The underlying lawsuit in this matter was filed by the Tract 19051 Homeowners Association and a number of individual members of the association (hereafter plaintiffs) against defendant homeowner Maurice Kemp. Plaintiffs' first amended complaint alleged that their housing development tract No. 19051 (Tract 19051)--which included Kemp's property--is a common interest development within the meaning of the CID Act. It further alleged that, pursuant to that act, there were valid restrictions applicable to defendant Kemp's property that were violated by his ongoing remodeling. The trial court ultimately concluded that plaintiffs failed to establish that Tract 19051 constitutes a common interest development within the meaning of the CID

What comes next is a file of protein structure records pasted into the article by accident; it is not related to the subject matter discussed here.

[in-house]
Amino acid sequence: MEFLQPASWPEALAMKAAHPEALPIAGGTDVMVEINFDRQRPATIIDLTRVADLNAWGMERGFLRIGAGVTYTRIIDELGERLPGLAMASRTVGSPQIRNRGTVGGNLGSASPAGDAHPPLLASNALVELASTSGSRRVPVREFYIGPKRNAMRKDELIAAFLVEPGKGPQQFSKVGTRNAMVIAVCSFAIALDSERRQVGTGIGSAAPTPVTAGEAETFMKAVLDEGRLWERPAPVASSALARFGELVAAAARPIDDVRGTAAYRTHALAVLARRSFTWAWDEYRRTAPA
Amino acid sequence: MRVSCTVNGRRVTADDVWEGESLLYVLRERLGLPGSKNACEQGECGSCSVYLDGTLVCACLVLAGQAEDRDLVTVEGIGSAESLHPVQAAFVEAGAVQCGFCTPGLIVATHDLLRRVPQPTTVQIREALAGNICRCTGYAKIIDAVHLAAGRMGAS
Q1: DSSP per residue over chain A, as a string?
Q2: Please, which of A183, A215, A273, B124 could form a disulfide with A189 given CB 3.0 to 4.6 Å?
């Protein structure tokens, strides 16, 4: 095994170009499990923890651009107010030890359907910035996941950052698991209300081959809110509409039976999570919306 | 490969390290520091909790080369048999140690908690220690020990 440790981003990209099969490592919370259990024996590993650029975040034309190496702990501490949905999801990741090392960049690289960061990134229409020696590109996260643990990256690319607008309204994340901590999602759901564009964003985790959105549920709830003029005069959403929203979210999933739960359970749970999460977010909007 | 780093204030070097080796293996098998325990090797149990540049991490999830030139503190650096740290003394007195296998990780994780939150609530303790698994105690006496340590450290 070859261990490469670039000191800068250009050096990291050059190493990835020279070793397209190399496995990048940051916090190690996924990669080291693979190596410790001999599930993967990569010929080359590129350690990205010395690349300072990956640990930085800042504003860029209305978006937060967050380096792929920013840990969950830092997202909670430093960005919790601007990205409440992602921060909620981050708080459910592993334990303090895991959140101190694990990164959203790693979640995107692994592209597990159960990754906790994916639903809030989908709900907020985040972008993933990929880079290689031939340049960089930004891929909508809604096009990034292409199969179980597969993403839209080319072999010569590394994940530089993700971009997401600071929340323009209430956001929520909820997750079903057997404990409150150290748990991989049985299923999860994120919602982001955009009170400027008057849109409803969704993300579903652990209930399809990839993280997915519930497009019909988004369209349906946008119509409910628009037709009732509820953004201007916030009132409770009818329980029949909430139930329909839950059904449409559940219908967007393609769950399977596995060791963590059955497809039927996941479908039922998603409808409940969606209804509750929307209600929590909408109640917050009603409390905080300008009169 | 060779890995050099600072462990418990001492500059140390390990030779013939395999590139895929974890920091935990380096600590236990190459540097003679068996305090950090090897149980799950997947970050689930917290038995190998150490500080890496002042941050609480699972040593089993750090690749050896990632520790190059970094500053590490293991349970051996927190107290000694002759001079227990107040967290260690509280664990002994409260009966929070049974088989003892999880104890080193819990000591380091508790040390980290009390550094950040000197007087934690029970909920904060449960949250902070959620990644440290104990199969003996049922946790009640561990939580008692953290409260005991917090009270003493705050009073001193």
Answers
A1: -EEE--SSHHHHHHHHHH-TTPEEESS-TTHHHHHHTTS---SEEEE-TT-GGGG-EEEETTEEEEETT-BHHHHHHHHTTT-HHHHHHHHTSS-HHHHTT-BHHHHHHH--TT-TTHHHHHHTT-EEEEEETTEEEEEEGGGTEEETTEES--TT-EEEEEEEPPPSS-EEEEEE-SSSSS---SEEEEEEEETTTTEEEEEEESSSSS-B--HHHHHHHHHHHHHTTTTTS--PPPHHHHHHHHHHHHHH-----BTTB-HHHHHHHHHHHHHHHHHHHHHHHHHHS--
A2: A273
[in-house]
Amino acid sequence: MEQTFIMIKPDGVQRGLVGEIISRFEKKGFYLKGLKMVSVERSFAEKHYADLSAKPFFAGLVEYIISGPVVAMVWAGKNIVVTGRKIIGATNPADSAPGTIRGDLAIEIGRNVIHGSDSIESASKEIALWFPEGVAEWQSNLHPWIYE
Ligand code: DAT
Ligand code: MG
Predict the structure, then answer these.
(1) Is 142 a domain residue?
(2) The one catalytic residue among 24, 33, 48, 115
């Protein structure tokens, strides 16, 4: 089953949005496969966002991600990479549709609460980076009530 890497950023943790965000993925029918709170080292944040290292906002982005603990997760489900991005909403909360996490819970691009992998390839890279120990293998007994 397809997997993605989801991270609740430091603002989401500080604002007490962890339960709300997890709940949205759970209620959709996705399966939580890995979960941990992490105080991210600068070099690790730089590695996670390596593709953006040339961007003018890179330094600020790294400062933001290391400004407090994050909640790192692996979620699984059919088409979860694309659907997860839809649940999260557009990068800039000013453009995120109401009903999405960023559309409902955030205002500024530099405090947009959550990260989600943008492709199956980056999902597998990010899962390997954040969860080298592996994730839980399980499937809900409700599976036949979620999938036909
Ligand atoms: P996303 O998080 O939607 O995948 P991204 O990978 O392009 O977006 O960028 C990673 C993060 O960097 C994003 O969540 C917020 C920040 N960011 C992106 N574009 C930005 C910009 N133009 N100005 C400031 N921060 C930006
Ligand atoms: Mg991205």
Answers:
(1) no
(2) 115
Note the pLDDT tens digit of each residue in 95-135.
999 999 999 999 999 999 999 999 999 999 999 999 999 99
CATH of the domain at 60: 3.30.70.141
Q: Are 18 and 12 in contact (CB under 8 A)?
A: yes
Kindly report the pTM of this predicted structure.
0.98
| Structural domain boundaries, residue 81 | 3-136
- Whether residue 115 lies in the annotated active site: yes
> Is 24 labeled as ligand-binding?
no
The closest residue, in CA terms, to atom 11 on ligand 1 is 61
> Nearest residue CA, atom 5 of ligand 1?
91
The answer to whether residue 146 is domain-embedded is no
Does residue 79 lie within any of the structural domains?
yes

Act and rendered judgment in favor of defendant Kemp and defendant Eric Yeldell, a subsequent purchaser of Kemp's property who had been permitted to intervene as a defendant in the action. As part of the judgment, the trial court awarded defendants attorney fees under former section 1354(c).
The Court of Appeal affirmed the trial court's judgment in favor of defendants on the merits, agreeing that plaintiffs had failed to prove that Tract 19051 satisfies the requirements of a common interest development, but the appellate court reversed the trial court's award of attorney fees to defendants. Relying upon the prior Court of Appeal decision in Mount Olympus Property Owners Assn. v. Shpirt (1997) 59 Cal.App.4th 885, 895-896 [69 Cal.Rptr.2d 521] ( Mount Olympus ), the Court of Appeal concluded that because both it and the trial court had found that the CID Act was not applicable, the trial court had erred in awarding attorney fees under former section 1354(c), a provision of that act.